• Use callback systems or chatbots to help deal with the unprecedented volume of calls to unemployment agencies.
  • Create a triage business model that allows junior staff to handle the basic questions and frees up experienced staff to handle more challenging questions.
  • Translate website materials into Spanish and other commonly spoken languages so that residents with limited English do not have to rely on speaking to an interpreter over the phone for basic services.

Evermore is hopeful the failures that unemployment systems experienced during the height of the pandemic will push states to overhaul and improve their systems in the future. In addition to modernizing and making systems more user accessible, she said states should also consider auditing their systems to determine where the choke points are that slow down benefit approval and whether checks in place to detect fraud are working or just slowing the system down.

Andrea Noble is a staff correspondent with Route Fifty.

FEATURED CASE STUDIES
Powered By The Atlas
Erie County, PA offers all local restaurants free digital tools to plan for safe COVID reopening
Erie County, PA, USA
Integrating Complete and Green Streets for Climate-Resilient Sustainable Streets
San Mateo County, CA, USA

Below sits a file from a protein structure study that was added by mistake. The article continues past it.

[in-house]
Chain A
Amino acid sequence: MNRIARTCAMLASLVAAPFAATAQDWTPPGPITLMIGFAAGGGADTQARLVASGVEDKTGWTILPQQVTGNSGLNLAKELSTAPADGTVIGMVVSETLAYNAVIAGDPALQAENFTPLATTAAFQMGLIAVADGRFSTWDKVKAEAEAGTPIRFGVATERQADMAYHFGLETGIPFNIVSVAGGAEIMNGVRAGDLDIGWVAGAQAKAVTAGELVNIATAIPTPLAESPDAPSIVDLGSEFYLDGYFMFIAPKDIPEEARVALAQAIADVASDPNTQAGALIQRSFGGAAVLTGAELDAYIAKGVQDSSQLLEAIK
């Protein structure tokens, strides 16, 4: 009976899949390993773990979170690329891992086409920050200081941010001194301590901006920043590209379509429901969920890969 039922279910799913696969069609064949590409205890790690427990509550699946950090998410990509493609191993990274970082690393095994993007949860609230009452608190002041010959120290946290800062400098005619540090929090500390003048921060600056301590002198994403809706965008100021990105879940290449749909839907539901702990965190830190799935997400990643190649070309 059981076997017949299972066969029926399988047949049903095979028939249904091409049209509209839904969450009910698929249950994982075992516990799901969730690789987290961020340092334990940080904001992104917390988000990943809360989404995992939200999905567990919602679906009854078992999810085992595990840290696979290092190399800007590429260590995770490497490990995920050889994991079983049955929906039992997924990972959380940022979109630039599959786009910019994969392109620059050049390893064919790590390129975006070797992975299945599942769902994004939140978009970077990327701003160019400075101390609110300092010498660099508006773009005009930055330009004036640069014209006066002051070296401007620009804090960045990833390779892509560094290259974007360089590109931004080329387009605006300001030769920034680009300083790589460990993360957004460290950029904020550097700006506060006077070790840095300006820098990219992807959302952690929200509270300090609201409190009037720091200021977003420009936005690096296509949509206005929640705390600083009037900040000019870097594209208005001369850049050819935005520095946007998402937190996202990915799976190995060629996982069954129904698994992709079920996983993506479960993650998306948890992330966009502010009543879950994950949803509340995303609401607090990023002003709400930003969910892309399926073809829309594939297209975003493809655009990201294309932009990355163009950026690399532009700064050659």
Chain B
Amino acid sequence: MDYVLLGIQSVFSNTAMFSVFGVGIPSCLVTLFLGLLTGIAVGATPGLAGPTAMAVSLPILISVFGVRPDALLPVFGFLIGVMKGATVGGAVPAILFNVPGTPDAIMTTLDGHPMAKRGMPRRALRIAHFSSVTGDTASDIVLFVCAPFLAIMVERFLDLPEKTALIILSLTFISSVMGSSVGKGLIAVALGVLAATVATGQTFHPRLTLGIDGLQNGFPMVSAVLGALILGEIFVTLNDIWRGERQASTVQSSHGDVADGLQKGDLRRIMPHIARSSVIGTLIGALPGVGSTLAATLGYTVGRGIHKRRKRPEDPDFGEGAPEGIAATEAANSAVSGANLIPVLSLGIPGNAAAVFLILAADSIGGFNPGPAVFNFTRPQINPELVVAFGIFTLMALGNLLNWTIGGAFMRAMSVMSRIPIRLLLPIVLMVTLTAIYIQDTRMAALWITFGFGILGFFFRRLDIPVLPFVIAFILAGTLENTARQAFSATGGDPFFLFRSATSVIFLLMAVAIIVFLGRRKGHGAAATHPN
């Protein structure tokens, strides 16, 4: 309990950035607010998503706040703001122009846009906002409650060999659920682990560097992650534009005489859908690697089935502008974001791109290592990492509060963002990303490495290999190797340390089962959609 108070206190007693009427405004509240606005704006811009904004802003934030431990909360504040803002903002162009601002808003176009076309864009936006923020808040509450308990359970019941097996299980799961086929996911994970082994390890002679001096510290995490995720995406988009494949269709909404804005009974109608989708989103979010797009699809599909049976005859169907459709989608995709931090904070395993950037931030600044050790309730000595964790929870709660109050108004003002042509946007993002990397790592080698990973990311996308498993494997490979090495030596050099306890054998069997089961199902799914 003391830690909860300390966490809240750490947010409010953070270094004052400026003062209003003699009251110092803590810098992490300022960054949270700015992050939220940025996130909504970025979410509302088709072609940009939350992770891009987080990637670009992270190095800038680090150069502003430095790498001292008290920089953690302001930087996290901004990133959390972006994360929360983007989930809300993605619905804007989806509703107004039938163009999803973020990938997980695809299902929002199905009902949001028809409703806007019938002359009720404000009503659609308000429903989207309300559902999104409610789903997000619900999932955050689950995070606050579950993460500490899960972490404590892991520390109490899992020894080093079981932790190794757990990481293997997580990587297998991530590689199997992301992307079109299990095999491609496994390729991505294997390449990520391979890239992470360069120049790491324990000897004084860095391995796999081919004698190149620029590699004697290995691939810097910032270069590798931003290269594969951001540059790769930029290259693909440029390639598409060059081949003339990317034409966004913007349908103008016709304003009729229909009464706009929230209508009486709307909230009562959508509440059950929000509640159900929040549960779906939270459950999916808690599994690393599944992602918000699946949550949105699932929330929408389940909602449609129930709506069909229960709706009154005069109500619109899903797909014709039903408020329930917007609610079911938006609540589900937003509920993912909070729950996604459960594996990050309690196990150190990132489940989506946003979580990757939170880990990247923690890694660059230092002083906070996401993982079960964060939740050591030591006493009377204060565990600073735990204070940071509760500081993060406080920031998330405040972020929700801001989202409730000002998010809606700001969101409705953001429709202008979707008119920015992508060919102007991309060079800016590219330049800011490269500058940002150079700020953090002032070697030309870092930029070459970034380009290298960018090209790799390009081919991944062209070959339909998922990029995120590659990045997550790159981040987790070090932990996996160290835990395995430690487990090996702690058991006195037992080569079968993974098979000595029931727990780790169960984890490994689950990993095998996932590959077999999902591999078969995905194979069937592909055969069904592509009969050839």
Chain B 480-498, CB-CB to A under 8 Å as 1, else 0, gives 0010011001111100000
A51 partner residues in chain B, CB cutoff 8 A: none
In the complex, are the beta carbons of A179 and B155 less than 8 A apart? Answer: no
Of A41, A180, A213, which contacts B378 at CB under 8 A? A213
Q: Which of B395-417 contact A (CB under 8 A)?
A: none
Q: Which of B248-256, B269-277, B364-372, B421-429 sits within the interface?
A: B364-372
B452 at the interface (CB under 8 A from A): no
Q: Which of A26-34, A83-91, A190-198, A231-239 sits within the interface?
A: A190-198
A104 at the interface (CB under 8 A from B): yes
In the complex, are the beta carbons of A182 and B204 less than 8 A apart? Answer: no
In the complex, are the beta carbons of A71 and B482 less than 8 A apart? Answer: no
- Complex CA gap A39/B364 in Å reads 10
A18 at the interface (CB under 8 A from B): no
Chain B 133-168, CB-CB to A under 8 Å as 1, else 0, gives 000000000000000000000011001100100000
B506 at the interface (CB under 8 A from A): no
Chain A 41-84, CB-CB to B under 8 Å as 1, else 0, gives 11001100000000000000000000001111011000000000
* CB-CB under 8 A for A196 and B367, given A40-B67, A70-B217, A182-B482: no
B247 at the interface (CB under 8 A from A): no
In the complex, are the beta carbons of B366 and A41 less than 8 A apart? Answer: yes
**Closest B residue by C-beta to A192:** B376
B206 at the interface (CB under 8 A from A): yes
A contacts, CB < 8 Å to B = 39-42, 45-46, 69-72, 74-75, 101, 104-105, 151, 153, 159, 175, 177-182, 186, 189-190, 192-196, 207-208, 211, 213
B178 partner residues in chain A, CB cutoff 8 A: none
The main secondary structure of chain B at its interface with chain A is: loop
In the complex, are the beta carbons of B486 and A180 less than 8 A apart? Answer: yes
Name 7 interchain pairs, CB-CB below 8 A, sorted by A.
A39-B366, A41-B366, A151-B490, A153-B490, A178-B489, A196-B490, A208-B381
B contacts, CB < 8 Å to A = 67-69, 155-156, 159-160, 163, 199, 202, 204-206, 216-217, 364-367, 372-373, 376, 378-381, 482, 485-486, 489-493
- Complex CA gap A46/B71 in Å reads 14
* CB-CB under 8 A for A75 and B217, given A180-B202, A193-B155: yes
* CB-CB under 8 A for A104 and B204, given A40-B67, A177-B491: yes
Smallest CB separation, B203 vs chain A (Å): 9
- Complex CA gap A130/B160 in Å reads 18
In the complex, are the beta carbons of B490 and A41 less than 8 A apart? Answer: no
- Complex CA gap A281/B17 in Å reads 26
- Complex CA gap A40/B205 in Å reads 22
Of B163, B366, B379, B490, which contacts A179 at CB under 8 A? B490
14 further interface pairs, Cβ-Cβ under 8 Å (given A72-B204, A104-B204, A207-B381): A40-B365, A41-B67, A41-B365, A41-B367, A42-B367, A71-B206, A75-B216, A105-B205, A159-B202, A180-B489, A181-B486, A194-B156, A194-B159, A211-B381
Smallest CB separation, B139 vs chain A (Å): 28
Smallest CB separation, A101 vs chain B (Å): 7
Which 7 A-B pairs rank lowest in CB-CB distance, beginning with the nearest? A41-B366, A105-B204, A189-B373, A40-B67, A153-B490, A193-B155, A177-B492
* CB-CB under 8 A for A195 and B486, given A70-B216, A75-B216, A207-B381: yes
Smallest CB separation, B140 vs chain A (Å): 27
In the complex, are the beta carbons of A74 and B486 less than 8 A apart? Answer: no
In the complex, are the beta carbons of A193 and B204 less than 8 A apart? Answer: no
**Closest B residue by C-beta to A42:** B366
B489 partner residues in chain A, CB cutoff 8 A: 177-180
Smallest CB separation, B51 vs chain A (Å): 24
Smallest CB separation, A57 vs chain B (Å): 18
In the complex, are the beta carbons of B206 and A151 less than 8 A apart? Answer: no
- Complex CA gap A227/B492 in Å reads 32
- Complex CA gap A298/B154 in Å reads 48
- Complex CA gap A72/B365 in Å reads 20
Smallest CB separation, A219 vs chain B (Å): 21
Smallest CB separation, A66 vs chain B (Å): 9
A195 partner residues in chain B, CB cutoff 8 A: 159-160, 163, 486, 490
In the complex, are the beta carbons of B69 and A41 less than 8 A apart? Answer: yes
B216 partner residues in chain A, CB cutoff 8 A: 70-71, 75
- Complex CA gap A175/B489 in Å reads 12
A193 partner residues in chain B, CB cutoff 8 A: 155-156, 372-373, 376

Online permitting and approval process during COVID-19 exceeds in-person performance numbers
Markham, ON, Canada

NEXT STORY: First Came Legal Marijuana, Now Comes…Magic Mushrooms?

X
This website uses cookies to enhance user experience and to analyze performance and traffic on our website. We also share information about your use of our site with our social media, advertising and analytics partners. Learn More / Do Not Sell My Personal Information
Accept Cookies
X
Cookie Preferences Cookie List

Do Not Sell My Personal Information

When you visit our website, we store cookies on your browser to collect information. The information collected might relate to you, your preferences or your device, and is mostly used to make the site work as you expect it to and to provide a more personalized web experience. However, you can choose not to allow certain types of cookies, which may impact your experience of the site and the services we are able to offer. Click on the different category headings to find out more and change our default settings according to your preference. You cannot opt-out of our First Party Strictly Necessary Cookies as they are deployed in order to ensure the proper functioning of our website (such as prompting the cookie banner and remembering your settings, to log into your account, to redirect you when you log out, etc.). For more information about the First and Third Party Cookies used please follow this link.

Allow All Cookies

Manage Consent Preferences

Strictly Necessary Cookies - Always Active

We do not allow you to opt-out of our certain cookies, as they are necessary to ensure the proper functioning of our website (such as prompting our cookie banner and remembering your privacy choices) and/or to monitor site performance. These cookies are not used in a way that constitutes a “sale” of your data under the CCPA. You can set your browser to block or alert you about these cookies, but some parts of the site will not work as intended if you do so. You can usually find these settings in the Options or Preferences menu of your browser. Visit www.allaboutcookies.org to learn more.